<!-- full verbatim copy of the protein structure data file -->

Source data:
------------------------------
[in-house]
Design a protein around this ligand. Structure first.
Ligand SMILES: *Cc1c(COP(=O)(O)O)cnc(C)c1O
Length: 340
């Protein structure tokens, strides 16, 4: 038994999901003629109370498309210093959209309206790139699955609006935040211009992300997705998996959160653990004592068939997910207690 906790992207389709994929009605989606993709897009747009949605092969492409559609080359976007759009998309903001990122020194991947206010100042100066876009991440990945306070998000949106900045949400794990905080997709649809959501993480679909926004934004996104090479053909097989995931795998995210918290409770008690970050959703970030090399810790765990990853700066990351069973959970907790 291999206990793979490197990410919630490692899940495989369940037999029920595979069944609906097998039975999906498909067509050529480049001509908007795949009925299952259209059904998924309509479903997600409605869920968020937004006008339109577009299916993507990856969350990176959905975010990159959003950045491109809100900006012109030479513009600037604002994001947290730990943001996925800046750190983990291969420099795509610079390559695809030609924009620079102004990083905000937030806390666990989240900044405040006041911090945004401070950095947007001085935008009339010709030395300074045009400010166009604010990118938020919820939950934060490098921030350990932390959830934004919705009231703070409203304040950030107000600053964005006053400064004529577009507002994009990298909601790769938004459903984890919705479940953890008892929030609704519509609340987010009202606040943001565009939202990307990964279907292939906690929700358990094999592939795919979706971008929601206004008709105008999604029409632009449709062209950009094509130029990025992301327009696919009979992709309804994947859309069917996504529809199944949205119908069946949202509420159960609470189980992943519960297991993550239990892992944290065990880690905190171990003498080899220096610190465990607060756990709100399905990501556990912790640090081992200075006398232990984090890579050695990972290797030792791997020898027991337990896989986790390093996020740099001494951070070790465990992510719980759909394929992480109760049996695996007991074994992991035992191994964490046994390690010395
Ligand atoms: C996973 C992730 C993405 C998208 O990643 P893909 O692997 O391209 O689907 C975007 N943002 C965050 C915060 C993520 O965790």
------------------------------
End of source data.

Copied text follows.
[in-house]
Design a protein around this ligand. Structure first.
Ligand SMILES: *Cc1c(COP(=O)(O)O)cnc(C)c1O
Length: 340
């Protein structure tokens, strides 16, 4: 038994999901003629109370498309210093959209309206790139699955609006935040211009992300997705998996959160653990004592068939997910207690 906790992207389709994929009605989606993709897009747009949605092969492409559609080359976007759009998309903001990122020194991947206010100042100066876009991440990945306070998000949106900045949400794990905080997709649809959501993480679909926004934004996104090479053909097989995931795998995210918290409770008690970050959703970030090399810790765990990853700066990351069973959970907790 291999206990793979490197990410919630490692899940495989369940037999029920595979069944609906097998039975999906498909067509050529480049001509908007795949009925299952259209059904998924309509479903997600409605869920968020937004006008339109577009299916993507990856969350990176959905975010990159959003950045491109809100900006012109030479513009600037604002994001947290730990943001996925800046750190983990291969420099795509610079390559695809030609924009620079102004990083905000937030806390666990989240900044405040006041911090945004401070950095947007001085935008009339010709030395300074045009400010166009604010990118938020919820939950934060490098921030350990932390959830934004919705009231703070409203304040950030107000600053964005006053400064004529577009507002994009990298909601790769938004459903984890919705479940953890008892929030609704519509609340987010009202606040943001565009939202990307990964279907292939906690929700358990094999592939795919979706971008929601206004008709105008999604029409632009449709062209950009094509130029990025992301327009696919009979992709309804994947859309069917996504529809199944949205119908069946949202509420159960609470189980992943519960297991993550239990892992944290065990880690905190171990003498080899220096610190465990607060756990709100399905990501556990912790640090081992200075006398232990984090890579050695990972290797030792791997020898027991337990896989986790390093996020740099001494951070070790465990992510719980759909394929992480109760049996695996007991074994992991035992191994964490046994390690010395
Ligand atoms: C996973 C992730 C993405 C998208 O990643 P893909 O692997 O391209 O689907 C975007 N943002 C965050 C915060 C993520 O965790």